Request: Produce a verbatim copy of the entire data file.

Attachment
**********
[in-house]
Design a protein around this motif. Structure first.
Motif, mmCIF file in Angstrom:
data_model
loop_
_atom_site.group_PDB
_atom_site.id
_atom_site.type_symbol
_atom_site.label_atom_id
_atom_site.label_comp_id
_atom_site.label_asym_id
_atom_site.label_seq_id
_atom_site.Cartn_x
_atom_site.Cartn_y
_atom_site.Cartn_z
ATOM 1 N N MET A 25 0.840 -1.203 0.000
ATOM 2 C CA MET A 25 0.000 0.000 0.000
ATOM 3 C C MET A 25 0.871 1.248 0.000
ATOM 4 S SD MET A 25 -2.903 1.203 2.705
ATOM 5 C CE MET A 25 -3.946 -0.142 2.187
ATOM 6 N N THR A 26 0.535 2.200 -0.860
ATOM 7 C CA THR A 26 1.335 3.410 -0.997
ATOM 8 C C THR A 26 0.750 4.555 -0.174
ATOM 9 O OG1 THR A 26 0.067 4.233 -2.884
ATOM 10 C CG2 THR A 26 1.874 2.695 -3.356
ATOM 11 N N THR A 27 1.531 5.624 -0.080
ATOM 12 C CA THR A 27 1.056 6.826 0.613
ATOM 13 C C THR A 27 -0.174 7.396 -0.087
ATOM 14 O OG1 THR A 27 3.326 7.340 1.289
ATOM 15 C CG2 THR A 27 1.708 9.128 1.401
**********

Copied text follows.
[in-house]
Design a protein around this motif. Structure first.
Motif, mmCIF file in Angstrom:
data_model
loop_
_atom_site.group_PDB
_atom_site.id
_atom_site.type_symbol
_atom_site.label_atom_id
_atom_site.label_comp_id
_atom_site.label_asym_id
_atom_site.label_seq_id
_atom_site.Cartn_x
_atom_site.Cartn_y
_atom_site.Cartn_z
ATOM 1 N N MET A 25 0.840 -1.203 0.000
ATOM 2 C CA MET A 25 0.000 0.000 0.000
ATOM 3 C C MET A 25 0.871 1.248 0.000
ATOM 4 S SD MET A 25 -2.903 1.203 2.705
ATOM 5 C CE MET A 25 -3.946 -0.142 2.187
ATOM 6 N N THR A 26 0.535 2.200 -0.860
ATOM 7 C CA THR A 26 1.335 3.410 -0.997
ATOM 8 C C THR A 26 0.750 4.555 -0.174
ATOM 9 O OG1 THR A 26 0.067 4.233 -2.884
ATOM 10 C CG2 THR A 26 1.874 2.695 -3.356
ATOM 11 N N THR A 27 1.531 5.624 -0.080
ATOM 12 C CA THR A 27 1.056 6.826 0.613
ATOM 13 C C THR A 27 -0.174 7.396 -0.087
ATOM 14 O OG1 THR A 27 3.326 7.340 1.289
ATOM 15 C CG2 THR A 27 1.708 9.128 1.401